Earlier, Leo Varadkar declined to publicly call on Enda Kenny to step down
The Taoiseach has refused to discuss any plans for his departure - saying he is focused on his job as leader of the country.
Enda Kenny's comments came amid demands from his own TDs to give a timetable of when he intends to step down as party leader.
Fine Gael's vice-chairman Pat Deering has threatened a motion of no confidence next week if Mr Kenny has not announced a departure plan.
This evening, the Taoiseach refused to entertain any talk of retirement - and said he has plenty on his plate.
"I'm focusing entirely on a really busy and challenging agenda up ahead," he argued.
Earlier, the leading contender to be the next Fine Gael leader and Taoiseach declined to publicly call on Enda Kenny to step down.
But Social Protection Minister Leo Varadkar has referred to Mr Kenny's leadership of the party in the past tense.
Mr Varadkar been installed by the bookies as the favourite to be the new leader of Fine Gael.
Following him is Simon Coveney, Paschal Donohoe and Richard Bruton.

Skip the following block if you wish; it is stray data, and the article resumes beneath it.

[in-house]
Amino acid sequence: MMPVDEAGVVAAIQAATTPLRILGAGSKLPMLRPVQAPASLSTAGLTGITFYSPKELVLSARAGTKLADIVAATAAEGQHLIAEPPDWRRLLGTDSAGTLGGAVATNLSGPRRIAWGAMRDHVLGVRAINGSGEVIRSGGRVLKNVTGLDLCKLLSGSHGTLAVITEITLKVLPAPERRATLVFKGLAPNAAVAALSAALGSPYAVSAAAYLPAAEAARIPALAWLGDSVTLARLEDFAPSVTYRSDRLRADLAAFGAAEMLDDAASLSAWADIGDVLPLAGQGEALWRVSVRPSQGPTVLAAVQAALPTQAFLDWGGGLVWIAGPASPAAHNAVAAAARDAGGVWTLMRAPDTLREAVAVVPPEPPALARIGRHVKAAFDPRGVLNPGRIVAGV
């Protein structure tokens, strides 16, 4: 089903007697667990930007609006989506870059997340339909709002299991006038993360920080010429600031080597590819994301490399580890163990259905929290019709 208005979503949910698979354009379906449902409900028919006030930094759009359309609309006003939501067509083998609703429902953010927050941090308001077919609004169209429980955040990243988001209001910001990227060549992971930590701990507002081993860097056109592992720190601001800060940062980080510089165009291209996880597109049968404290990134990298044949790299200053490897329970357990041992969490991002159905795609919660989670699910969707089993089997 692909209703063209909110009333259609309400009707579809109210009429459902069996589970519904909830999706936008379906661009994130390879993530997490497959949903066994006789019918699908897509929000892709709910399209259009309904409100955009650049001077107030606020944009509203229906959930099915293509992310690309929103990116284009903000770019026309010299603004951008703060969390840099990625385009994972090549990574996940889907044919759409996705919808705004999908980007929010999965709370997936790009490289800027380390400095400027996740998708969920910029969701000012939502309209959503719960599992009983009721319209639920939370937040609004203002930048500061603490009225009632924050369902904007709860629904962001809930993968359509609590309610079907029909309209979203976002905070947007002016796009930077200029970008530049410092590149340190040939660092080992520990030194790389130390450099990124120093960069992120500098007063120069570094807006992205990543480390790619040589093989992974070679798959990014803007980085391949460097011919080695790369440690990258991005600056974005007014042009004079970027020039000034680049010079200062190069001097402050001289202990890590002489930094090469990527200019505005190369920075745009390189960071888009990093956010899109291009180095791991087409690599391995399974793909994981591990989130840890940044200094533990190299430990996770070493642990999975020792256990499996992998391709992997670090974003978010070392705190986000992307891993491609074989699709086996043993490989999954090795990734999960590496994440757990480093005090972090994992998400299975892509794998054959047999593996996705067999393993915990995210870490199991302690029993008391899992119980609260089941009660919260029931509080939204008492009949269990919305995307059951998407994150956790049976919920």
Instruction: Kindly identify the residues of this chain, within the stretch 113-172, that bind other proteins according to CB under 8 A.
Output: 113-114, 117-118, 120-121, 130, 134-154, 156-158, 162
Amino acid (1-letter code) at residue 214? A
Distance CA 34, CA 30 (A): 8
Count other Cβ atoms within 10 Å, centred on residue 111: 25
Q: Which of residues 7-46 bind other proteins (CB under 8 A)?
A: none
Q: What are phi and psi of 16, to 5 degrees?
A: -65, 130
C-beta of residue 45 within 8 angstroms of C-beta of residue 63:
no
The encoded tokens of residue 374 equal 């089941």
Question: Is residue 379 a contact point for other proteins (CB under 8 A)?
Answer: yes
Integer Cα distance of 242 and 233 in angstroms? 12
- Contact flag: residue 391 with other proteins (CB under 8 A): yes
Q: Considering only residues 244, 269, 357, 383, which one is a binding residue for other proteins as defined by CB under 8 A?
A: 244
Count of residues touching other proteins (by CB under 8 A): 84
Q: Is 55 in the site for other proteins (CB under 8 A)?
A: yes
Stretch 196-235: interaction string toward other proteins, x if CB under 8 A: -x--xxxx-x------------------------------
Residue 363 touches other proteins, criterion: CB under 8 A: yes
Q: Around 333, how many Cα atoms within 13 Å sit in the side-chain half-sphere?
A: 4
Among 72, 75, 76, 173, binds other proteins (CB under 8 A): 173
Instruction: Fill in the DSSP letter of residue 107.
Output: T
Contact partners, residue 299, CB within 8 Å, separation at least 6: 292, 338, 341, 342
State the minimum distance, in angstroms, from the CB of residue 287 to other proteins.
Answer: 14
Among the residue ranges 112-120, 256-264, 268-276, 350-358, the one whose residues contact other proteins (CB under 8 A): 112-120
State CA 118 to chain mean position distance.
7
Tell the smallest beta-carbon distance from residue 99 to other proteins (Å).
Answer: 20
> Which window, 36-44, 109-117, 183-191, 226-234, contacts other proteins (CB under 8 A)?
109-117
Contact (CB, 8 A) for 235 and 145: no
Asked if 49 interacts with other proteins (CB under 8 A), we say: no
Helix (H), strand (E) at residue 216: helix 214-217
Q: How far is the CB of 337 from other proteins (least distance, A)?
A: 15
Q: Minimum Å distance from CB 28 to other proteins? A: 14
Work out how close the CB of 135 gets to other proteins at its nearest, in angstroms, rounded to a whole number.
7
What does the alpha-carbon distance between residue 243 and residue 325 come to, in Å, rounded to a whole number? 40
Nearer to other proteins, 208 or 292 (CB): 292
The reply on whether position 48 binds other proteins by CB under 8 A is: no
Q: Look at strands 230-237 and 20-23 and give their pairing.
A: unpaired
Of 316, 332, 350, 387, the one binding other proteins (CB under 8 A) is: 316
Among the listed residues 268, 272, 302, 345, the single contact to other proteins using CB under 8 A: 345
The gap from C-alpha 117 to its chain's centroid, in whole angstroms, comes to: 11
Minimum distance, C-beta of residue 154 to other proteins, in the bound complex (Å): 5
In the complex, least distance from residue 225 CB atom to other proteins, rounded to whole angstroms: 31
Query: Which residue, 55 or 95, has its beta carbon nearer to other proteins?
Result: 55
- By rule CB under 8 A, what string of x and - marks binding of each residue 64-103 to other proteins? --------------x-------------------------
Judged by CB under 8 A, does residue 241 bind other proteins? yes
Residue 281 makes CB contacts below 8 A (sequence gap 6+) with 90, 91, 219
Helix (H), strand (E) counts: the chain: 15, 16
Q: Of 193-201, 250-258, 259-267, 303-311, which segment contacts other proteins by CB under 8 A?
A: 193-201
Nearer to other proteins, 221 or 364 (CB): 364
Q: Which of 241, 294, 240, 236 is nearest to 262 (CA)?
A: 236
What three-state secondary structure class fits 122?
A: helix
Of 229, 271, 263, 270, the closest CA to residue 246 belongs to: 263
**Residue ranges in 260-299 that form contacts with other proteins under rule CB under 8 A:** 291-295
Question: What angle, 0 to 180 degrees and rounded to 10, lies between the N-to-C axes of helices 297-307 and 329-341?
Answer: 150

But in his first public appearance since a Parliamentary Party meeting on Wednesday, Mr Varadkar declined to directly call on Mr Kenny to go.
But did refer to him in the past tense:
Here's what Leo Varadkar had to say on leadership - Enda will know when time is right to step aside pic.twitter.com/FiMZPMRq6j— Sean Defoe (@SeanDefoe) February 16, 2017
The Taoiseach himself has been getting on with the job.
At the end of the Finance Committee hearing about his departmental budget, he referred to the apparent end of his tenure.
Chairman John McGuinness said: "I know that these are difficult times and I want to wish you well, personally" - to which Mr Kenny simply replied: "C'est la vie".
The Taoiseach is being given space to decide what he will do over the coming days.
But it is clear if he does not outline a timeline for departure by next Tuesday, he will face a motion of no confidence at the Fine Gael Parliamentary Party the next day.